- Bring all the materials to the workshop and make sure everyone has several empathy map printouts (see resources)
- Print out the personas and relevant data to hang in the room for reference points
- Make sure there are remote options for those who are unable to be present in the room (e.g. Zoom conference link, virtual Miro board)
Workshop (60 minutes):
Set the stage (5 minutes):
Explain what the next hour will be about and what the goal of the workshop is.
Show the group the empathy map they will be filling out.
Finally, present the persona they will be focusing on for the next hour and immerse the group in that persona's way of thinking, feeling, and seeing the world. Explain whether the empathy map is for a current product/service or a new product or service.
Give an example (5 minutes):
To emphasize the importance of getting into character, take the group through a role-playing exercise separate from the product. This helps you walk through the empathy map as a team, so everyone knows what they should be aiming for.
For example, "a 46-year-old mom who uses a food delivery service to make Friday dinners fun for the family." With this persona in mind, run through the empathy map as a group. What is that persona:
- Thinking and feeling about their anxieties or goals? (e.g. "Wants an easy and fun option for dinner. Wants to keep the family entertained. Needs something fast.")
- Hearing from their friends and neighbors while using the delivery service? (e.g. "I've ordered from this restaurant before, and it was horribly slow. They forgot half of our order.")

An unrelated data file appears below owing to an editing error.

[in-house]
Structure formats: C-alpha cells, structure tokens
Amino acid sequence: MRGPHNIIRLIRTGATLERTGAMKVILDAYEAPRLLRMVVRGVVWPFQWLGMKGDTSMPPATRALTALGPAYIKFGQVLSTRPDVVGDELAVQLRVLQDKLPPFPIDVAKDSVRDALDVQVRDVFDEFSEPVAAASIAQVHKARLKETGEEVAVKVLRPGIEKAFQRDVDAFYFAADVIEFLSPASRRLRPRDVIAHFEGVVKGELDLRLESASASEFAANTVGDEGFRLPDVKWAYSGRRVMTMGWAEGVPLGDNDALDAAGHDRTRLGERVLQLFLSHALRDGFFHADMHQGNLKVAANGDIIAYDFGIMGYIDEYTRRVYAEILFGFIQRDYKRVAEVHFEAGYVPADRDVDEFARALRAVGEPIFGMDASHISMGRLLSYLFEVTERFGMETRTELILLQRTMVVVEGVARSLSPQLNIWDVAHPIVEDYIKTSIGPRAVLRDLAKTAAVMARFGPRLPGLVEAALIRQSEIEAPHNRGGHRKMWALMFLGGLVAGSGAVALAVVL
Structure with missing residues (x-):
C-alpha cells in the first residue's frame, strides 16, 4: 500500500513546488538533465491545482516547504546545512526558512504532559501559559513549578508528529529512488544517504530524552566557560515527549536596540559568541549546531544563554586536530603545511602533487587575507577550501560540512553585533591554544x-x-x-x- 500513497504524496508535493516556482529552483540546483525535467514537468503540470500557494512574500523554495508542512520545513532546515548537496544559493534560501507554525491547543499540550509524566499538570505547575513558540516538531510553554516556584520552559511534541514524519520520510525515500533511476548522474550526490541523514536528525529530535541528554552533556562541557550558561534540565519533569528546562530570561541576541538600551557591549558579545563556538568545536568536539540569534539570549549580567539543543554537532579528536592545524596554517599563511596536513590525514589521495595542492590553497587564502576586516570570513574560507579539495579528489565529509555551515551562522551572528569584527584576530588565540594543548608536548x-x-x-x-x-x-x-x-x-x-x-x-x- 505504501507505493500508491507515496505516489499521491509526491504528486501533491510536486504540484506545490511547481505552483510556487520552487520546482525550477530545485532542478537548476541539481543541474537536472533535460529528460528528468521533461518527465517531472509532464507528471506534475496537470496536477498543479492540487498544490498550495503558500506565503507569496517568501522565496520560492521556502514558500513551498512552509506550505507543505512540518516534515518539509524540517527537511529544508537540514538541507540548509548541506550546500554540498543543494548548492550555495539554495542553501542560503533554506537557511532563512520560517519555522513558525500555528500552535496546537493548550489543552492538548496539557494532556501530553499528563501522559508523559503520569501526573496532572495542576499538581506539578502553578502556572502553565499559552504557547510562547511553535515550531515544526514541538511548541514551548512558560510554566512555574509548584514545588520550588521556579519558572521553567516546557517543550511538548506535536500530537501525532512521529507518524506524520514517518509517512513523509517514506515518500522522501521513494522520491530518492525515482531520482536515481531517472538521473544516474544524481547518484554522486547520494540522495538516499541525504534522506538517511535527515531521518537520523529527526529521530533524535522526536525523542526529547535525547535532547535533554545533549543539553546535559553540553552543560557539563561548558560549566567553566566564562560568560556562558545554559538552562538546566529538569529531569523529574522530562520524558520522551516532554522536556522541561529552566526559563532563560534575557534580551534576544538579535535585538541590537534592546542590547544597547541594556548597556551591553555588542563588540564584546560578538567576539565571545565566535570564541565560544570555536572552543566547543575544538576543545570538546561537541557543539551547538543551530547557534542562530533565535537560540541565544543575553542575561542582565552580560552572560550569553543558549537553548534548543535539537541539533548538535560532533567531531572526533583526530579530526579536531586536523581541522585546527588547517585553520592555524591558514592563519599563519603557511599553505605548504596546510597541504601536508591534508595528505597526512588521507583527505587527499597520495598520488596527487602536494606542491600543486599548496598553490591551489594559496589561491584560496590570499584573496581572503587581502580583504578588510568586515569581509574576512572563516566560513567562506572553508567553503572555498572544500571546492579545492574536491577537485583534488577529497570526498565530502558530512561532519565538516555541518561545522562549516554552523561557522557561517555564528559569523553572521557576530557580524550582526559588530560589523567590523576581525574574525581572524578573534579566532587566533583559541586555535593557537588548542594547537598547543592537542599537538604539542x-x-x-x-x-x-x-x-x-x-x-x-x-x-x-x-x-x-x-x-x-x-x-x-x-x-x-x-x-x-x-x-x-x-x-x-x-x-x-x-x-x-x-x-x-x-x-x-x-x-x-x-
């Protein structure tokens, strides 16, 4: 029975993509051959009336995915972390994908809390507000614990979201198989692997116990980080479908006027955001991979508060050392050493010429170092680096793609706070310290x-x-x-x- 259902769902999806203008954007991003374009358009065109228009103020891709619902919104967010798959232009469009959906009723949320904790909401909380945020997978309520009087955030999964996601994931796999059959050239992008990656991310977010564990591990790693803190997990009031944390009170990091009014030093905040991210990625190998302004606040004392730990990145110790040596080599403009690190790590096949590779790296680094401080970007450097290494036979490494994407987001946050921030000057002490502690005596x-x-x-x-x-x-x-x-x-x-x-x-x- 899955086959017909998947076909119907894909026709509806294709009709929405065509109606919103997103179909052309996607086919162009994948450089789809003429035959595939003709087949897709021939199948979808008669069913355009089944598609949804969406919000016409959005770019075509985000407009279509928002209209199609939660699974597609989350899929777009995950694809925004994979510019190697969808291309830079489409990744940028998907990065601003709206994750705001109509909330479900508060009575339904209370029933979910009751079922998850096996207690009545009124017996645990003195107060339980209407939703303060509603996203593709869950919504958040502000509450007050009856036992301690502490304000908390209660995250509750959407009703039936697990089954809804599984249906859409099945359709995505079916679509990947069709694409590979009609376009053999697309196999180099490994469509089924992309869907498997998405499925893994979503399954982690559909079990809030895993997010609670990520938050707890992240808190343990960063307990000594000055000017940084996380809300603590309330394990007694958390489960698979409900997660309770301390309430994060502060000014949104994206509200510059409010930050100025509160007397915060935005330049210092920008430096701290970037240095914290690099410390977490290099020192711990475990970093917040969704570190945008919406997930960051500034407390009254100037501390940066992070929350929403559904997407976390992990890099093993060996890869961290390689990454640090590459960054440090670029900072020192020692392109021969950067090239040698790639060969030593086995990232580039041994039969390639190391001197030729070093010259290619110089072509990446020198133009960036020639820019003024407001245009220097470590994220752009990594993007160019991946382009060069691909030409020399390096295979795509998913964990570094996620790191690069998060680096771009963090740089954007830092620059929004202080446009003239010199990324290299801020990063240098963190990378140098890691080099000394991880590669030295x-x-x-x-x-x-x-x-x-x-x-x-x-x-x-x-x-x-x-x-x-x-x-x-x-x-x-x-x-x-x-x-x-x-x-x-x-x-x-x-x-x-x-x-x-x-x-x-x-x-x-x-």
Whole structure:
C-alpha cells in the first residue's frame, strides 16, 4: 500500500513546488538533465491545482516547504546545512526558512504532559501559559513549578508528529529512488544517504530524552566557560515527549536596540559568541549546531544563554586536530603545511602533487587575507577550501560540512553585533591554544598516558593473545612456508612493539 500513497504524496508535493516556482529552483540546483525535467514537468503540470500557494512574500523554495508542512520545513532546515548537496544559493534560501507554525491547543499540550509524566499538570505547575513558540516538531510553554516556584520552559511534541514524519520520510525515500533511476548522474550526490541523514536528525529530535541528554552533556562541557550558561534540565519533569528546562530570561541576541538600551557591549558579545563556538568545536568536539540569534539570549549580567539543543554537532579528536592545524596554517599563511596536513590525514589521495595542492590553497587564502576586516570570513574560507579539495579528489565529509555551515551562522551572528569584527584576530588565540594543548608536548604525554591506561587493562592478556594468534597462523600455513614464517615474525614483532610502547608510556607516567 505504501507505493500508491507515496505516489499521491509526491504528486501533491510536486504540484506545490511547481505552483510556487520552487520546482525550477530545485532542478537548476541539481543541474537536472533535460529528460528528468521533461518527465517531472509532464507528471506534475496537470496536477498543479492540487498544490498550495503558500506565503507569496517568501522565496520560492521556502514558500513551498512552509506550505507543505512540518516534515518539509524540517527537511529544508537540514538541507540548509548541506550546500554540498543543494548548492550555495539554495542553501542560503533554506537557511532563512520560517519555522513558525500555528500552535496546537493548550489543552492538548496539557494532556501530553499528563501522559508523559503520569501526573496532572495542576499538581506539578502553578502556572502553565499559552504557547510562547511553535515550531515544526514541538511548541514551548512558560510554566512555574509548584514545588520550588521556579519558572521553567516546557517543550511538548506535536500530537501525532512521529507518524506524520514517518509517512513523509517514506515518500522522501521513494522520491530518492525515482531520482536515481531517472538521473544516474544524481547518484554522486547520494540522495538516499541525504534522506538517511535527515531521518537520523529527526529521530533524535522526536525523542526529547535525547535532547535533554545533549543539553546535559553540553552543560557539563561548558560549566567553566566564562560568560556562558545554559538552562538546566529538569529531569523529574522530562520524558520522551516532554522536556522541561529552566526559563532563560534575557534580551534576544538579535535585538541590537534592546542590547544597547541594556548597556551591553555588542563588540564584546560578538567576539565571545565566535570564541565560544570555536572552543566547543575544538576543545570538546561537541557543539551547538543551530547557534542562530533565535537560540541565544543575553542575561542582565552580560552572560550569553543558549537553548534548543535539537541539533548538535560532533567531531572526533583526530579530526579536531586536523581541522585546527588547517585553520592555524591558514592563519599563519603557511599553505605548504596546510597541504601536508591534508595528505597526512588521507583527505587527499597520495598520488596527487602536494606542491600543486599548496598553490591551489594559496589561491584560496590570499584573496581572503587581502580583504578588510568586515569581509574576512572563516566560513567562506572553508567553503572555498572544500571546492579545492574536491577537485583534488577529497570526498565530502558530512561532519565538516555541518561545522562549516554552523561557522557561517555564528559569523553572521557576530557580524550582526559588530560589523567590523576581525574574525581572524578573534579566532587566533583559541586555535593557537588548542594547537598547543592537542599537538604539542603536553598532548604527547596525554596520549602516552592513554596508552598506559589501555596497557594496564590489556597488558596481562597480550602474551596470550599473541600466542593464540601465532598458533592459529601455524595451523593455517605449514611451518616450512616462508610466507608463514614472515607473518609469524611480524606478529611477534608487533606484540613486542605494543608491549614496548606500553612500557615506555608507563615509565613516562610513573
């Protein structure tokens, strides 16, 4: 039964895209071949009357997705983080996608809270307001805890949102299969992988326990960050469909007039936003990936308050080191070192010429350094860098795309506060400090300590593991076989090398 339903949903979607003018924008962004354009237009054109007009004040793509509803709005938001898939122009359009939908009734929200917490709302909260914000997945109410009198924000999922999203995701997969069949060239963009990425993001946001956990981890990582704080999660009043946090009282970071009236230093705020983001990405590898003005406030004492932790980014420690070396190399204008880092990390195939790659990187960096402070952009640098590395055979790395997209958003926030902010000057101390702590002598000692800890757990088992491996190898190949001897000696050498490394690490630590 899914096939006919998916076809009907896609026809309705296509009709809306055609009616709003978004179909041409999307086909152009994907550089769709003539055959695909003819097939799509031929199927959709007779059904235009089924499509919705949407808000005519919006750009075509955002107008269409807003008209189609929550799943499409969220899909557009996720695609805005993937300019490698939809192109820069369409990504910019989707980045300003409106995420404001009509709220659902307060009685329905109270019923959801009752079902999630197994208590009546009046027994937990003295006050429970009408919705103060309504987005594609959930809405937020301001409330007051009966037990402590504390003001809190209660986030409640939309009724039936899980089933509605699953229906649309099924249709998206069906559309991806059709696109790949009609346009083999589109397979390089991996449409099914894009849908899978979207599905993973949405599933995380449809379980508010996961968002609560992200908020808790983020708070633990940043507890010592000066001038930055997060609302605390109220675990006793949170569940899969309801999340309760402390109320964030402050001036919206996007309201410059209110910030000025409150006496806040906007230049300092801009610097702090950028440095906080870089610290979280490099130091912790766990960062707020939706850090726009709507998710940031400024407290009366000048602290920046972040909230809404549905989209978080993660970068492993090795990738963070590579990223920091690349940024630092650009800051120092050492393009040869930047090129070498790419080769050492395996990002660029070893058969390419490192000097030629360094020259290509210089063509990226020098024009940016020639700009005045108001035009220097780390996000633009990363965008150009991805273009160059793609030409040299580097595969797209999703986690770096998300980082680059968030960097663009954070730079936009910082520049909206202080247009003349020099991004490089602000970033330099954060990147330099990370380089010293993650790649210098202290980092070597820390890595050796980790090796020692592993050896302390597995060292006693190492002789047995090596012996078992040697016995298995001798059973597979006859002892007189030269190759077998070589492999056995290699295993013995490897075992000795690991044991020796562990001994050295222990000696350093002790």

- Seeing while using the food delivery service? (e.g. "Searching through different restaurants in the area. Looking at menus and ratings. Wondering how reliable the information is.")
- Saying and doing to oneself or others while using the product? (e.g. "Asking the family what type of cuisine they want for dinner.")
- Experiencing as a pain point or fear when using our product? (e.g. "Is annoyed when a restaurant doesn't deliver on time, or the quality of the food is poor despite good ratings. Isn't able to easily find a good restaurant.")
- Experiencing as value when using our product? (e.g. "Everything was so easy, and the family is happy. I don't have to cook or clean up, but we still had a great time together.")
Complete the empathy maps (15 minutes):
Divide the group into pairs or trios. Give them 15 minutes to fill out the empathy map.
Remind the groups to pay special attention to pain points since one of the goals of empathy mapping is to highlight these issues.
Share the empathy maps (30 minutes):
Each group presents their empathy map and explains what insights and gaps they have found, as well as what assumptions need to be validated. Encourage the rest of the groups to ask questions or raise discussion topics.
These topics can be placed in a 'parking lot' and discussed later.
Next steps (5 minutes):
Discuss as a group what you learned from the exercise, especially talking about the assumptions that will need to be validated or the gaps in knowledge which were found.
Brainstorm how these findings could be applied to future projects. Assign a follow-up meeting if necessary, as well as any outstanding tasks, owners, and due dates.
PRO TIP: Feel free to book the workshop for 90 minutes and add padding wherever you think there may need extra time to explain—and don’t forget to take photos!
Who to contact as a moderator/facilitator:
Nikki Anderson is a qualitative user experience researcher with about 5 years in the field. She loves solving human problems and petting all the dogs. Read more of her work on Medium.